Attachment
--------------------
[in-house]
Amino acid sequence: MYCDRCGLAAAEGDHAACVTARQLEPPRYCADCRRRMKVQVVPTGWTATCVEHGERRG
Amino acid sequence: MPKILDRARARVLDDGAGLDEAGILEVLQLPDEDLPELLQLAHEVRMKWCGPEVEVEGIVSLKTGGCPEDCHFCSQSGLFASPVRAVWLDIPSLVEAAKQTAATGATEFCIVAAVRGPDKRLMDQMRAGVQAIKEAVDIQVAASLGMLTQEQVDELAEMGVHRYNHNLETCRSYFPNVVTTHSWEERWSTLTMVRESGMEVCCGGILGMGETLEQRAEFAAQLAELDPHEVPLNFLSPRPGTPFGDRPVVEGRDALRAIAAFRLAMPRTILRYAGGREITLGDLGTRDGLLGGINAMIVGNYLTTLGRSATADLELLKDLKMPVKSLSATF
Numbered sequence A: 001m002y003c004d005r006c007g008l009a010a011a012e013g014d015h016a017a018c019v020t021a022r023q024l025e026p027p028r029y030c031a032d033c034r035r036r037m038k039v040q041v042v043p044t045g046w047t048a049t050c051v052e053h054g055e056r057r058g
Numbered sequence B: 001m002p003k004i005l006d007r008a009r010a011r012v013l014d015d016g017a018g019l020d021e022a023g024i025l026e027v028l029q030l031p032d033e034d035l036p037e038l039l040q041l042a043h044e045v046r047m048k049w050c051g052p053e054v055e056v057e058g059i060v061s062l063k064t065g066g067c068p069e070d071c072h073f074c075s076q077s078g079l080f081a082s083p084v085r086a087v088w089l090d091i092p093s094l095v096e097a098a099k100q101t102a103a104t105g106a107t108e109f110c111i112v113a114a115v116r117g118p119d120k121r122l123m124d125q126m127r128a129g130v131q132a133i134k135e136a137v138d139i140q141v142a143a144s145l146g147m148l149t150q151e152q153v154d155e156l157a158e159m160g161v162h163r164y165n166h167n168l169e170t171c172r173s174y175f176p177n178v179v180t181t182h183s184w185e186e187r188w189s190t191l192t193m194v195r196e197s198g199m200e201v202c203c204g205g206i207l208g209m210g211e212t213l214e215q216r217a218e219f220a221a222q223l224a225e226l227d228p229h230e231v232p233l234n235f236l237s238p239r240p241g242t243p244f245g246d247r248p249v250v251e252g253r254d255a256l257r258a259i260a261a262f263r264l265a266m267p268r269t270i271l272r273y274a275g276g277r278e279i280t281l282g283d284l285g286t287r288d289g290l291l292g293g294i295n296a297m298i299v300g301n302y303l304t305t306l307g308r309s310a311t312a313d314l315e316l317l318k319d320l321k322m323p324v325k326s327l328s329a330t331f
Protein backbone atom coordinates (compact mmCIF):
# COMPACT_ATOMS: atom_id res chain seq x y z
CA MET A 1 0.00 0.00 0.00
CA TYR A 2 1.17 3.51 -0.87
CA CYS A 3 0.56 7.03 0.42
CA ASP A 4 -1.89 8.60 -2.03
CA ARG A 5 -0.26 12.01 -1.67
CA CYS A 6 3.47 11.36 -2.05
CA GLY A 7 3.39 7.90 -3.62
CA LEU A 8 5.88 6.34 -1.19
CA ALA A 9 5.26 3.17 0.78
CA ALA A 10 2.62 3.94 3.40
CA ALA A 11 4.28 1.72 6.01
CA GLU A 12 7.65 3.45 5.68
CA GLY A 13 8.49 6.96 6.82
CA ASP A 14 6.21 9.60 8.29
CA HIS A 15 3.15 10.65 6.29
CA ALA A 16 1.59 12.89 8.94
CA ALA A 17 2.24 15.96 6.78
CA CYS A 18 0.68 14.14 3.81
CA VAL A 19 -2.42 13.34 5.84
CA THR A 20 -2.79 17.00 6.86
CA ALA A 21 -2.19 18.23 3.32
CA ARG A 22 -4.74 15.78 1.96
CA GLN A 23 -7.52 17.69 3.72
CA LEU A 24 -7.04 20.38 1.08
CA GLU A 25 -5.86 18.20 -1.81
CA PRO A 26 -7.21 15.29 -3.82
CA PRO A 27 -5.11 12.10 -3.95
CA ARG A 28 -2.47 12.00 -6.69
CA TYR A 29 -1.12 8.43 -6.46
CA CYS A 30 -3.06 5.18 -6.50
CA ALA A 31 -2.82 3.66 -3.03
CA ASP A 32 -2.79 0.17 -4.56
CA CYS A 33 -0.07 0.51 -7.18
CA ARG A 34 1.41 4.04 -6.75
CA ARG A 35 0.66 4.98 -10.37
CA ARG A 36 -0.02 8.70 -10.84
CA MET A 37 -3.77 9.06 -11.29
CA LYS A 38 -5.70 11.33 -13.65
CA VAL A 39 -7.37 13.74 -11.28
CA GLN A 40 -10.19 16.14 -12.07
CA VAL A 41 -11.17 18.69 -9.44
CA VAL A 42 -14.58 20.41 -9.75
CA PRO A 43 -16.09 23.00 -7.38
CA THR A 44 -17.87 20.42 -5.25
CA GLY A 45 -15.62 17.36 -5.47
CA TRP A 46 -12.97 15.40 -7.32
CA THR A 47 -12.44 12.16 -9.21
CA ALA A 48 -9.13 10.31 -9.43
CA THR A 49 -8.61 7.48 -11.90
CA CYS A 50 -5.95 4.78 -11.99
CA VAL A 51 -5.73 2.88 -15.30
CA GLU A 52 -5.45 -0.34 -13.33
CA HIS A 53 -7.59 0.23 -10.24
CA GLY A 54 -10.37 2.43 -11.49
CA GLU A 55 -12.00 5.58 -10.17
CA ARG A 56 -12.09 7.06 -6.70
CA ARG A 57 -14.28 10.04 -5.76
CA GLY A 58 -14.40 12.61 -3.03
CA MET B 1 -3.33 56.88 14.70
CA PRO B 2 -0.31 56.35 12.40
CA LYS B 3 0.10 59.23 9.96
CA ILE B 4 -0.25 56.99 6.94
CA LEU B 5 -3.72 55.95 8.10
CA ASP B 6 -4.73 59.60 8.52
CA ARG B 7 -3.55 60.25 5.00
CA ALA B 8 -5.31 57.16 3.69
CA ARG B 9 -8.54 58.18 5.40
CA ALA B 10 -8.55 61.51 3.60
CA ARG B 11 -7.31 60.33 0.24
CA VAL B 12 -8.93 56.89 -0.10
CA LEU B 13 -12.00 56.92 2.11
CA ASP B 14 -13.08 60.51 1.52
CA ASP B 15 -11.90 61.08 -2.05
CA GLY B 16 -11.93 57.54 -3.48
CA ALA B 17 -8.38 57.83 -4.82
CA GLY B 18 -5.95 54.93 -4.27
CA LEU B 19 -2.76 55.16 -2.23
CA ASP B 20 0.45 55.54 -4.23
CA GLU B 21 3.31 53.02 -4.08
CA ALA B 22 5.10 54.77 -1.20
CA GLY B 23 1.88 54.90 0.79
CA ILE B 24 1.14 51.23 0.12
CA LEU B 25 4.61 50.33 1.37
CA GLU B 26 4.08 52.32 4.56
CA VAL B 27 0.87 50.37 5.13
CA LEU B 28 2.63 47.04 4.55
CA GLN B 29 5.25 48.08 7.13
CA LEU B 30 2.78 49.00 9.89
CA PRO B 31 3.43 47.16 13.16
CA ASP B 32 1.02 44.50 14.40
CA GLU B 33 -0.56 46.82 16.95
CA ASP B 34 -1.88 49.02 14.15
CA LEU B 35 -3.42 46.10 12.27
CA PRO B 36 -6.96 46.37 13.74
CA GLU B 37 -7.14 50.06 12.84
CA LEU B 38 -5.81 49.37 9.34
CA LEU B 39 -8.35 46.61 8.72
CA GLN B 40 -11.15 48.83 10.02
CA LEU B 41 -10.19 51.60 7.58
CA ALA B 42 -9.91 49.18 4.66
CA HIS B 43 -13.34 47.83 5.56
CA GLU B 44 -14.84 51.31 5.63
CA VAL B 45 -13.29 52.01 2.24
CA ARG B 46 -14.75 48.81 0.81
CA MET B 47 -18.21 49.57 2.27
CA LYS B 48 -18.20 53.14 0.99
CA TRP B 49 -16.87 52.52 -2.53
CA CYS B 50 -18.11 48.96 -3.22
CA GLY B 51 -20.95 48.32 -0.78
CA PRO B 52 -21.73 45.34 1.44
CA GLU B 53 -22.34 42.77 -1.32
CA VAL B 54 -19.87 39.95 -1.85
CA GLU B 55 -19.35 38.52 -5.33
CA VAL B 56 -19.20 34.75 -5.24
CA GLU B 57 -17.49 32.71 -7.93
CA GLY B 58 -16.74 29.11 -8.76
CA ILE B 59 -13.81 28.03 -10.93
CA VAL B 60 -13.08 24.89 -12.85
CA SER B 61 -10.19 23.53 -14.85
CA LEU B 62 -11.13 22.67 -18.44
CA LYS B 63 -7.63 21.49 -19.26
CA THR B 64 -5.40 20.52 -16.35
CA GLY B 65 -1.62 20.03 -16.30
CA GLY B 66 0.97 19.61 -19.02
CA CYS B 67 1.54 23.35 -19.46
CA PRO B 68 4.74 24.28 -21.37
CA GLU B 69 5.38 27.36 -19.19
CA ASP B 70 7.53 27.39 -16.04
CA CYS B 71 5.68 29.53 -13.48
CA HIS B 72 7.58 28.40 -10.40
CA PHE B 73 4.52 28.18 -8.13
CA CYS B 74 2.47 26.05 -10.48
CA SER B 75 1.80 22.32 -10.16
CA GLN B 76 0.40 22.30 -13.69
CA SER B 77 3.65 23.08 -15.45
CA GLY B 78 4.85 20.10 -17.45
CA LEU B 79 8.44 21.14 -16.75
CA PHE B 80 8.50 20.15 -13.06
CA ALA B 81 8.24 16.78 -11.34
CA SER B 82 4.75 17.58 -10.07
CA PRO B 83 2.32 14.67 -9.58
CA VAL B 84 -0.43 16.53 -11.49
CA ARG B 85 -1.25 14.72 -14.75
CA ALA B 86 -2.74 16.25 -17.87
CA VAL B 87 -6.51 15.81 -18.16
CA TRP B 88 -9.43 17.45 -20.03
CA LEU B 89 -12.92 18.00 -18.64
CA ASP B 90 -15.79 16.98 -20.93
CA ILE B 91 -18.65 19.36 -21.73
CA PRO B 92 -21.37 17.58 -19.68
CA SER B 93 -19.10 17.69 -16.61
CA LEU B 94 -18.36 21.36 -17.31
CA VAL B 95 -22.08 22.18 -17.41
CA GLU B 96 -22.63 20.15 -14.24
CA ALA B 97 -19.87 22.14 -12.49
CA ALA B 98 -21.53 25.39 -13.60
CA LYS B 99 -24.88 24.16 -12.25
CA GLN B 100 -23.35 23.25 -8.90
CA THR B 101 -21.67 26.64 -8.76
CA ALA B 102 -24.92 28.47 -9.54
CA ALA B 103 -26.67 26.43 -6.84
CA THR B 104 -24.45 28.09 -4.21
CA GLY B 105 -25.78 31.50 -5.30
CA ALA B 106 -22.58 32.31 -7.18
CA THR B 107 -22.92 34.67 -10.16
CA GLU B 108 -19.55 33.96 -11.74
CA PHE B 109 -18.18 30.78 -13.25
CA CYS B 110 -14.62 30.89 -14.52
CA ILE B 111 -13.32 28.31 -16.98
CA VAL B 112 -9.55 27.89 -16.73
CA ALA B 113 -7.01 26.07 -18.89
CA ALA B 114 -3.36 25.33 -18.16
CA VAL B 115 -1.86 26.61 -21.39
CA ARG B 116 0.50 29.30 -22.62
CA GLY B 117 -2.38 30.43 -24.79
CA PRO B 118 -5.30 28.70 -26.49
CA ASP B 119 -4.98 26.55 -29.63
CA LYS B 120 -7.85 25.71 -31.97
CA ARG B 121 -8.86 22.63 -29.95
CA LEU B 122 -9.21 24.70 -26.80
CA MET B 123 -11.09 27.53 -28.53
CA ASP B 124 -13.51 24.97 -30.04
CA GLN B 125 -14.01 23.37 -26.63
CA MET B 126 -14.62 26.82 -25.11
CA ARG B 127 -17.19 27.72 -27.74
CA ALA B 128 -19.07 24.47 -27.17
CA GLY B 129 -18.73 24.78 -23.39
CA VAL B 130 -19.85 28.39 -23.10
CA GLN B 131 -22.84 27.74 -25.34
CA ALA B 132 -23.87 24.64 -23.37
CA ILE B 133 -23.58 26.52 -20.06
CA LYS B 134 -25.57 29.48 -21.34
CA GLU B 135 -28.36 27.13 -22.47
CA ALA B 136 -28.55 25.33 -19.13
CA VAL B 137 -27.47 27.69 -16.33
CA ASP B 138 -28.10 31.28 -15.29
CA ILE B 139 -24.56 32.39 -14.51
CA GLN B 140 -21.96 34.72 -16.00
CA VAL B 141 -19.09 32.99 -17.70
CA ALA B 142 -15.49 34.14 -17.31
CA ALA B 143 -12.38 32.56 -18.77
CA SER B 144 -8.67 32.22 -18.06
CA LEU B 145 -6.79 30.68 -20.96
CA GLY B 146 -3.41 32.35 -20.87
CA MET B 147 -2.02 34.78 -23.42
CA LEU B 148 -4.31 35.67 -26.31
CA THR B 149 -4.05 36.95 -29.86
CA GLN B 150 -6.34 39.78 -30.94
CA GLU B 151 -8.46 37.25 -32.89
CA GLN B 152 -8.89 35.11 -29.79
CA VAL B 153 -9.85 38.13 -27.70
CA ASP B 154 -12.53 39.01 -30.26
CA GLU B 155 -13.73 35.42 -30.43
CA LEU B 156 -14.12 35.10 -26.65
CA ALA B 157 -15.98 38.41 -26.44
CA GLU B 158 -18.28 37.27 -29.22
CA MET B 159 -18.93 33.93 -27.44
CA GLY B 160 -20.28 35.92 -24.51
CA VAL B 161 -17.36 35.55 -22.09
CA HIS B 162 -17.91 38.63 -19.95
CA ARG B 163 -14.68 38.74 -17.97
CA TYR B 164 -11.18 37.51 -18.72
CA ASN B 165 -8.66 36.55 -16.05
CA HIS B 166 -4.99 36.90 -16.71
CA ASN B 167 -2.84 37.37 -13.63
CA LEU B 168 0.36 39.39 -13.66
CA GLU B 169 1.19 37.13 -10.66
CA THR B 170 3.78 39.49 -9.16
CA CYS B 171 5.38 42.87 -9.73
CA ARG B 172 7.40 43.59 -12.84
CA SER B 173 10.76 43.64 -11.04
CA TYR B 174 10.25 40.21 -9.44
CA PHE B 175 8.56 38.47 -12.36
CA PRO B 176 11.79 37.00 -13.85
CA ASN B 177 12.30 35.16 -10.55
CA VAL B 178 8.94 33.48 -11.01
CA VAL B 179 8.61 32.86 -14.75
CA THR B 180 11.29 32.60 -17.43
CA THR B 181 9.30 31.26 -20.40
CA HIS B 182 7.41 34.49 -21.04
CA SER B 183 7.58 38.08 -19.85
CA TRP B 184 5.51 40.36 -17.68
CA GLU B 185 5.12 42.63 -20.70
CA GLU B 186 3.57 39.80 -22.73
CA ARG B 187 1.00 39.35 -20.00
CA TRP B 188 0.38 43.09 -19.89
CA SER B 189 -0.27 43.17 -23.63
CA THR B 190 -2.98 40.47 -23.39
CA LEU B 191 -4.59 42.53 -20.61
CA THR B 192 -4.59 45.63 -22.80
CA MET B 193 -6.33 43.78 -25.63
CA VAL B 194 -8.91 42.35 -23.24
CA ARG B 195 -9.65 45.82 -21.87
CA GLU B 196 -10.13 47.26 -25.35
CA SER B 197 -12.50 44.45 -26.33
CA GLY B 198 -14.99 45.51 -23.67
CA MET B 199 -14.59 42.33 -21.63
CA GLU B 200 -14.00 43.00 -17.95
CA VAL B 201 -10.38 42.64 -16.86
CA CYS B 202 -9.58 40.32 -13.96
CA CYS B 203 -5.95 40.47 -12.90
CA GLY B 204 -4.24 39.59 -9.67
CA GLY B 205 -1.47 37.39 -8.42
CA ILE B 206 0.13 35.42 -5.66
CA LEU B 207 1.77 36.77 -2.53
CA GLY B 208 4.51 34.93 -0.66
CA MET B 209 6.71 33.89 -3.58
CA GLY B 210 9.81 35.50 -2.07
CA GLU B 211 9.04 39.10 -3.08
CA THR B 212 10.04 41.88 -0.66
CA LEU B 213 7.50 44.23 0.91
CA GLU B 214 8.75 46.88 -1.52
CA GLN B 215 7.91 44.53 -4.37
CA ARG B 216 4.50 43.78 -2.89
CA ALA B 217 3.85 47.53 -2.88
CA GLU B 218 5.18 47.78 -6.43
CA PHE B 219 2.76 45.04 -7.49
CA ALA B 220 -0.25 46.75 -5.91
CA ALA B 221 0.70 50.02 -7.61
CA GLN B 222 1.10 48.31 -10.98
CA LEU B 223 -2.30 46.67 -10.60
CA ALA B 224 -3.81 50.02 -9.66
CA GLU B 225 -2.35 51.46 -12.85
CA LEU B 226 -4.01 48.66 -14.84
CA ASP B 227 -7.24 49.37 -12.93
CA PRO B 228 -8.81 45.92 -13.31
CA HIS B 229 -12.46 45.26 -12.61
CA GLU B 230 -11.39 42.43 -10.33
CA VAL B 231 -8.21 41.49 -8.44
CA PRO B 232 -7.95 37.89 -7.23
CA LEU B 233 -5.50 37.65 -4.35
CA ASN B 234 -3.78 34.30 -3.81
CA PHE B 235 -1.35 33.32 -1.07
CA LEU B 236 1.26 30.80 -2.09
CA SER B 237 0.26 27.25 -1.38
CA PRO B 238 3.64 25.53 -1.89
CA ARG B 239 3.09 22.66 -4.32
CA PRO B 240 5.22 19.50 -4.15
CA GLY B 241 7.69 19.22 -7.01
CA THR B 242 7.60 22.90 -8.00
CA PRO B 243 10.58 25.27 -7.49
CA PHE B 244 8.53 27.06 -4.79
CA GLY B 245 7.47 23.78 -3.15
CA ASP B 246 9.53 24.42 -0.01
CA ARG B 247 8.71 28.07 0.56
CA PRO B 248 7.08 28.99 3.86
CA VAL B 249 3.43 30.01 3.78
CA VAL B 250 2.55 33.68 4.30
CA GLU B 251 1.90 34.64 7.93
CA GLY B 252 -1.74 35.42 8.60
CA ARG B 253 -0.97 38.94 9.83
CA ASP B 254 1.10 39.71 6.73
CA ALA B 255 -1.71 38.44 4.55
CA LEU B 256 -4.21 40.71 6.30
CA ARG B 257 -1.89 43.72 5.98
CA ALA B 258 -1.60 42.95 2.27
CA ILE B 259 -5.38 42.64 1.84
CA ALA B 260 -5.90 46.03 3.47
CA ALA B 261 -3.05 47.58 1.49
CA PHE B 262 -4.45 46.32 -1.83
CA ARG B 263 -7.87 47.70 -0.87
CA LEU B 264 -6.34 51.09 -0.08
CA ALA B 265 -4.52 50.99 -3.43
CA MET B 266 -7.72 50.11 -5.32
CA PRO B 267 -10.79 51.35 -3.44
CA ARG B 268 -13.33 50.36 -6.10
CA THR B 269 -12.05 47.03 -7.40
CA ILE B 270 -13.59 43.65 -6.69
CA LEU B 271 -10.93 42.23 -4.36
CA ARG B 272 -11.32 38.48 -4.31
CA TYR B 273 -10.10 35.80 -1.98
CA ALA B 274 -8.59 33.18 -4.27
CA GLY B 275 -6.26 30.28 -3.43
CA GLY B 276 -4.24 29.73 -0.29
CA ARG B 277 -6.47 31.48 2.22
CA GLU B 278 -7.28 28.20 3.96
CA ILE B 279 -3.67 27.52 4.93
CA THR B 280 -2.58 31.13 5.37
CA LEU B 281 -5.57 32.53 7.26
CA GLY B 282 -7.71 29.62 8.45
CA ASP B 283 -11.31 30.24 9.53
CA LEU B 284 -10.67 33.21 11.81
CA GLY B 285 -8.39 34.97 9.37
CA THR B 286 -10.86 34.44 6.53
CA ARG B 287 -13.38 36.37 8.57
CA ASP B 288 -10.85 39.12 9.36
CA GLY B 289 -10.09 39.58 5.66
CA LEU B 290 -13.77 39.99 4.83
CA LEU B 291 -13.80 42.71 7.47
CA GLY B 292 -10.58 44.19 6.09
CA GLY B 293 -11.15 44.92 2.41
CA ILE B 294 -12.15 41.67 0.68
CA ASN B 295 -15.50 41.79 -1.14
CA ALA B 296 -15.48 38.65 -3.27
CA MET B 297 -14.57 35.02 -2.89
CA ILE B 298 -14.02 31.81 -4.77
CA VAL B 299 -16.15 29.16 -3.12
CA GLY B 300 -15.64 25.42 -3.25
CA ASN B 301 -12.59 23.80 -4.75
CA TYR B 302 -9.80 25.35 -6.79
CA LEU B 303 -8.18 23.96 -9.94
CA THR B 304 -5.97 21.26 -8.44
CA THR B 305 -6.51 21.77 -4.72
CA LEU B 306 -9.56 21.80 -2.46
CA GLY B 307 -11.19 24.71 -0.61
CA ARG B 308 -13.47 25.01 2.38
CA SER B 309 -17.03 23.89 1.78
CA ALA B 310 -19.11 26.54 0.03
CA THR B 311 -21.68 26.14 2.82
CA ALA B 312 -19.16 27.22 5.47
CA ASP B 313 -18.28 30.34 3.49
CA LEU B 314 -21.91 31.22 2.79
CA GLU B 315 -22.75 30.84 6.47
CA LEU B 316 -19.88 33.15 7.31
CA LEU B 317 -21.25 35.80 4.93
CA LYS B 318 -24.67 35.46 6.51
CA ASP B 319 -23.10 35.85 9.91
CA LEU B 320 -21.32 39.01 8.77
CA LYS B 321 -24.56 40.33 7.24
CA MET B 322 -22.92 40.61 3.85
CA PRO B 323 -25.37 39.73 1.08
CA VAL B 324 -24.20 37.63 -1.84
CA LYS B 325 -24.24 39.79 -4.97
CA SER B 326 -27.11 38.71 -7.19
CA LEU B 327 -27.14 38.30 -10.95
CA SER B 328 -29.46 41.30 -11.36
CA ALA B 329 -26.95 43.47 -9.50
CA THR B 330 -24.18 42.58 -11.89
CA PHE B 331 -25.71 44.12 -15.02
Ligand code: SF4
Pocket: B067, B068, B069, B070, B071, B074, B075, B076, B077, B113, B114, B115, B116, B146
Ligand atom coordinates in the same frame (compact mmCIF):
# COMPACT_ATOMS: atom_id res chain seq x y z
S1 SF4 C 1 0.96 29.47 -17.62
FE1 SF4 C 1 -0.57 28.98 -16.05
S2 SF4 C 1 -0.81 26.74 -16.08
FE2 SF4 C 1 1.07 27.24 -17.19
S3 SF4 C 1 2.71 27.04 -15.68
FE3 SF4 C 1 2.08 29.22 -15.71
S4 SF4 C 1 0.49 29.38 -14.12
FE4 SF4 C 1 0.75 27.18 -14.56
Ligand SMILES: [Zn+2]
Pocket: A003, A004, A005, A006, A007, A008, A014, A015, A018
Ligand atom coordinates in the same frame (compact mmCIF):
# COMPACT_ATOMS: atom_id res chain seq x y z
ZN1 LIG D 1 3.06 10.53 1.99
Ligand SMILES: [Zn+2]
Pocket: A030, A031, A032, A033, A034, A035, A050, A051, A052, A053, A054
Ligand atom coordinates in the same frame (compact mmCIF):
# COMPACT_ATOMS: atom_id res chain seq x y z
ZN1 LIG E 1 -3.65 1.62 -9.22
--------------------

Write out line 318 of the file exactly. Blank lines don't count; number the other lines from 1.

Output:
CA ARG B 253 -0.97 38.94 9.83